Early in July, Florida Governor Ron DeSantis joined a fight I’ve been waging in Mississippi for the last few years: the fight to hold giant companies called Pharmacy Benefit Managers accountable. The news from Gov. DeSantis—who’s a real fighter—was welcome because it means more states are stepping up to take on these companies and lower drug prices.
First, a little background. Pharmacy Benefit Managers (PBMs) are large companies that sit between your pharmacist and your health plan. The reason they were created was to manage the payments that would flow from your health insurance plan to your local pharmacist to pay for your drugs. They were also supposed to negotiate drug prices with the big pharmaceutical companies to get deals for us, the customers.
Over time, though, PBMs became powerful “middlemen” to borrow Gov. DeSantis’s phrase. He has noted they are driving “upward pressure” on drug prices. And I have noticed that our local independent pharmacists are being crushed by these PBMs.
So, nearly four years ago, I went into action. My office and the Office of the Ohio State Auditor both launched investigations into the PBMs. On our end, we wanted to see if the PBMs were charging more for drugs when they were serving Medicaid patients. If they were, the taxpayers might be footing the bill. After months of fighting to get financial records and data analysis, the team of experts who worked for both Ohio and for me came to the conclusion that our states were not getting a square deal from the PBMs.
Several months later, Ohio obtained an $88 million settlement from the large company that owned the PBM they investigated. On the same day, Mississippi obtained a $55 million from the same company. The news was covered in The Wall Street Journal. We were the first two states to hold these PBMs accountable, but now, as Florida is proving, the fight is spreading across the country. Our $55 million settlement was the largest civil settlement ever resulting from a State Auditor investigation in our state’s history.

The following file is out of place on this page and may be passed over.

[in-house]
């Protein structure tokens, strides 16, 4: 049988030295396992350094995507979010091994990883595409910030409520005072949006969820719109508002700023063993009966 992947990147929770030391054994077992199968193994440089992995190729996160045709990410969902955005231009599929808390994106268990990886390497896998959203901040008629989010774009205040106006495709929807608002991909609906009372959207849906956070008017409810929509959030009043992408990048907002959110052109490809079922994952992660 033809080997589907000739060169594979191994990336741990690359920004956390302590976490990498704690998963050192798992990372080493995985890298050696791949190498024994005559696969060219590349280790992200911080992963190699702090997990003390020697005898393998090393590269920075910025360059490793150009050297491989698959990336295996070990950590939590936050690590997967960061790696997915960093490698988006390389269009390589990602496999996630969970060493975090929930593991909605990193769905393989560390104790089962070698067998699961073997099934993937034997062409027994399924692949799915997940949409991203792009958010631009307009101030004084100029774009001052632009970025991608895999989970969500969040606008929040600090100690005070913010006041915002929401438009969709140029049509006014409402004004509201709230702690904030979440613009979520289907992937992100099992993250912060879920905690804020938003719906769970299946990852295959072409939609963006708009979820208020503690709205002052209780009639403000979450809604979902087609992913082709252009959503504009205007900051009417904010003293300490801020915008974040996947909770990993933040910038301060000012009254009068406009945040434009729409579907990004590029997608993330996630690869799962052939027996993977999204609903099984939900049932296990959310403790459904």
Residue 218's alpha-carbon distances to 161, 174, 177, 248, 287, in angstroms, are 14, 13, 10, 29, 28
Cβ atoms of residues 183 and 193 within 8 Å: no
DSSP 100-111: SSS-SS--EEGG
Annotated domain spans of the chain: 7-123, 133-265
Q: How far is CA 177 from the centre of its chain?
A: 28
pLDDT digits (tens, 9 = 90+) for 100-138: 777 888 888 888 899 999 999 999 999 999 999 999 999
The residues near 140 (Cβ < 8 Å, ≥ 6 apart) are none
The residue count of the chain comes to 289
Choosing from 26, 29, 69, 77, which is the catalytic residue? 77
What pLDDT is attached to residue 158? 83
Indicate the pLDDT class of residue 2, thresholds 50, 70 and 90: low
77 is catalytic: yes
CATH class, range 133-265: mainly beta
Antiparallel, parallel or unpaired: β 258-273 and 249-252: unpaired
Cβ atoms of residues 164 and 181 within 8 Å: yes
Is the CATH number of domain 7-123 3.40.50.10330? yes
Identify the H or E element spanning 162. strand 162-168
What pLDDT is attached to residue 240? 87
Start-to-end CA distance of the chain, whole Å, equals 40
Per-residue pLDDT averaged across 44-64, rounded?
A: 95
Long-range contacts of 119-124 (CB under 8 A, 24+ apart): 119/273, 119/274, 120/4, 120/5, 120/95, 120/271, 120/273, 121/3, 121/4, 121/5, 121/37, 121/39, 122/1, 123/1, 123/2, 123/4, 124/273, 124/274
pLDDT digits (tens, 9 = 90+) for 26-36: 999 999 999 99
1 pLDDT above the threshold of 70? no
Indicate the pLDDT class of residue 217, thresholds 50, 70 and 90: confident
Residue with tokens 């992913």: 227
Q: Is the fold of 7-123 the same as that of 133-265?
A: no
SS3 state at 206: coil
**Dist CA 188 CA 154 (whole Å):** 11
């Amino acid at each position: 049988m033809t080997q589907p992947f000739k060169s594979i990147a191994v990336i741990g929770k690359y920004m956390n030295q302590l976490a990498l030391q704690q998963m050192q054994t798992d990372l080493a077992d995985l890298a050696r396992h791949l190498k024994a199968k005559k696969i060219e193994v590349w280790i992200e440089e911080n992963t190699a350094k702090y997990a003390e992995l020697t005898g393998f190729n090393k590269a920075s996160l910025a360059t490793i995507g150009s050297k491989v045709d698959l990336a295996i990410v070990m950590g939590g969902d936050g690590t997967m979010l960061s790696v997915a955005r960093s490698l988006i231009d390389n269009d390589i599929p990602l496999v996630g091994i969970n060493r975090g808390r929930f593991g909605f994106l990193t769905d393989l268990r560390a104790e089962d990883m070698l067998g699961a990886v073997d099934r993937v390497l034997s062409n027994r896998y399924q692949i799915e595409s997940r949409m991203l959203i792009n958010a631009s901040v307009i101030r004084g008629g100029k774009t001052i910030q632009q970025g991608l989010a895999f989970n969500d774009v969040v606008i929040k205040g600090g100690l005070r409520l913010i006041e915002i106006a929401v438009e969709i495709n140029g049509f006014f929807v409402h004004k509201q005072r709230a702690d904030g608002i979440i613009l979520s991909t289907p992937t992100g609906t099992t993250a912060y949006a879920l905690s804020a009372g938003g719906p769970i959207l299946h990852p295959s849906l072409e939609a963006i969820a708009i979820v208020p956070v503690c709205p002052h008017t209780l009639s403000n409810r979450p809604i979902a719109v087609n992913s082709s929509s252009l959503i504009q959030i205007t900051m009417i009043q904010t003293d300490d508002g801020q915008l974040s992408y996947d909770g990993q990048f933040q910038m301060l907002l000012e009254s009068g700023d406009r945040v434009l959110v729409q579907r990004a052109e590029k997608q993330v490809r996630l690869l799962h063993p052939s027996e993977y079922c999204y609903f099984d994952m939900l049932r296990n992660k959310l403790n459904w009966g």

As that investigation was going on, I had some people tell me it was suicide to go against such a powerful company. The company we were investigating is one of the largest political campaign donors in the state. But it’s my job to stand up for you, the taxpayers. That means taking on all comers.
If we want to lower drug prices and alleviate some of the pressures on our local pharmacists, we need more fighters like Gov. DeSantis. I talk to pharmacists every week who are teetering on the edge of collapse. Last year, my office surveyed pharmacists around Mississippi. The survey showed over 90% of pharmacists described PBMs as “an obstacle between the patient and healthcare provider, largely responsible for increasing drug prices.” More than a quarter of independent pharmacists that we surveyed are somewhat likely or very likely to close their business in coming years due to PBMs.
I’m grateful Gov. DeSantis is taking the fight that started in Mississippi and Ohio to Florida. With more leadership like that, we can lower drug prices and usher in a better era for customers and local pharmacists.
This article was originally published by Starkville Daily News.
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